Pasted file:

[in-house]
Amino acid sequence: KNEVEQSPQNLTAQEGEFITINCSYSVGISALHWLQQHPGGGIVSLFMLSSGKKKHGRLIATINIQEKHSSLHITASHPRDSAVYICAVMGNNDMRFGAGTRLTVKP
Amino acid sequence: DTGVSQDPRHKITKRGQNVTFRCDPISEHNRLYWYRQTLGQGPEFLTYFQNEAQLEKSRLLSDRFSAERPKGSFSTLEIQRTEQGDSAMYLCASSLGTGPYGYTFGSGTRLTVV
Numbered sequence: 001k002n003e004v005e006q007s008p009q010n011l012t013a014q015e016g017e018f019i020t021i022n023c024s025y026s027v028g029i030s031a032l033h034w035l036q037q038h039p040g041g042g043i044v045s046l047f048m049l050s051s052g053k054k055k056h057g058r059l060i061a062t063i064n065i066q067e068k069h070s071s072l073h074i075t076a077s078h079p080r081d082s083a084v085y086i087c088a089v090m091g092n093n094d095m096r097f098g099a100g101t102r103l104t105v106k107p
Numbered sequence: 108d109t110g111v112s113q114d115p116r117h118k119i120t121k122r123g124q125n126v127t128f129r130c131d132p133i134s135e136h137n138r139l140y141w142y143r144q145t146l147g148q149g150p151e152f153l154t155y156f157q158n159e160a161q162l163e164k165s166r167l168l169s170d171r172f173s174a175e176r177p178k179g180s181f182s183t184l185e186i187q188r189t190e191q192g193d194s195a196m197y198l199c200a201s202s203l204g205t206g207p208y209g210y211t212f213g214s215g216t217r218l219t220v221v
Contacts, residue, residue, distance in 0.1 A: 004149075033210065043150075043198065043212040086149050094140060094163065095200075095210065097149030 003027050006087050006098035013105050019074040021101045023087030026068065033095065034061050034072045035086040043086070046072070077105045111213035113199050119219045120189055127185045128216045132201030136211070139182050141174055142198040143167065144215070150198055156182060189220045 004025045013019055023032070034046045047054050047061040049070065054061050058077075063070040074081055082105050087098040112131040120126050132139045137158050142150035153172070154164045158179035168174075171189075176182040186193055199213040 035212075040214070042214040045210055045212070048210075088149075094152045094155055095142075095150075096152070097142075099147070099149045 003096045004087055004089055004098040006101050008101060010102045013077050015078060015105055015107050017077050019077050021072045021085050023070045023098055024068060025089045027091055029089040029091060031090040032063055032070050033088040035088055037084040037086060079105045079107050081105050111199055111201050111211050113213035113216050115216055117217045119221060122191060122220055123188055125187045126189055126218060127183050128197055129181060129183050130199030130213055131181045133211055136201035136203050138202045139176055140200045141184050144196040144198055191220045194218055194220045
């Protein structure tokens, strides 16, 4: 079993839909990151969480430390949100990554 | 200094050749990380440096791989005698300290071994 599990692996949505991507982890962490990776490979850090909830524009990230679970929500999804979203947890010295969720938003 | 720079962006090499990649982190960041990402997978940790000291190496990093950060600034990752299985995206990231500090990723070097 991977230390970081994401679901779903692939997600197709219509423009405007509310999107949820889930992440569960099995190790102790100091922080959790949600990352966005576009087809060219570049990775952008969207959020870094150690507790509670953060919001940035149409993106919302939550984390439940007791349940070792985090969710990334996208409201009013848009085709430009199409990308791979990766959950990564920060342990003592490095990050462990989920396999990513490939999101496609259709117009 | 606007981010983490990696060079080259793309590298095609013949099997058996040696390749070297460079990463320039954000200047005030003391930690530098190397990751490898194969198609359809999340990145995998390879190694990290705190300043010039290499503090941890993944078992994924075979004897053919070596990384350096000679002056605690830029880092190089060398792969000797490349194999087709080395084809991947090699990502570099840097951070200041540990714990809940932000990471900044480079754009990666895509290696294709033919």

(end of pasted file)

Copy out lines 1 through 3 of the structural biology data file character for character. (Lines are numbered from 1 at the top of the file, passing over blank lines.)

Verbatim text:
[in-house]
Amino acid sequence: KNEVEQSPQNLTAQEGEFITINCSYSVGISALHWLQQHPGGGIVSLFMLSSGKKKHGRLIATINIQEKHSSLHITASHPRDSAVYICAVMGNNDMRFGAGTRLTVKP
Amino acid sequence: DTGVSQDPRHKITKRGQNVTFRCDPISEHNRLYWYRQTLGQGPEFLTYFQNEAQLEKSRLLSDRFSAERPKGSFSTLEIQRTEQGDSAMYLCASSLGTGPYGYTFGSGTRLTVV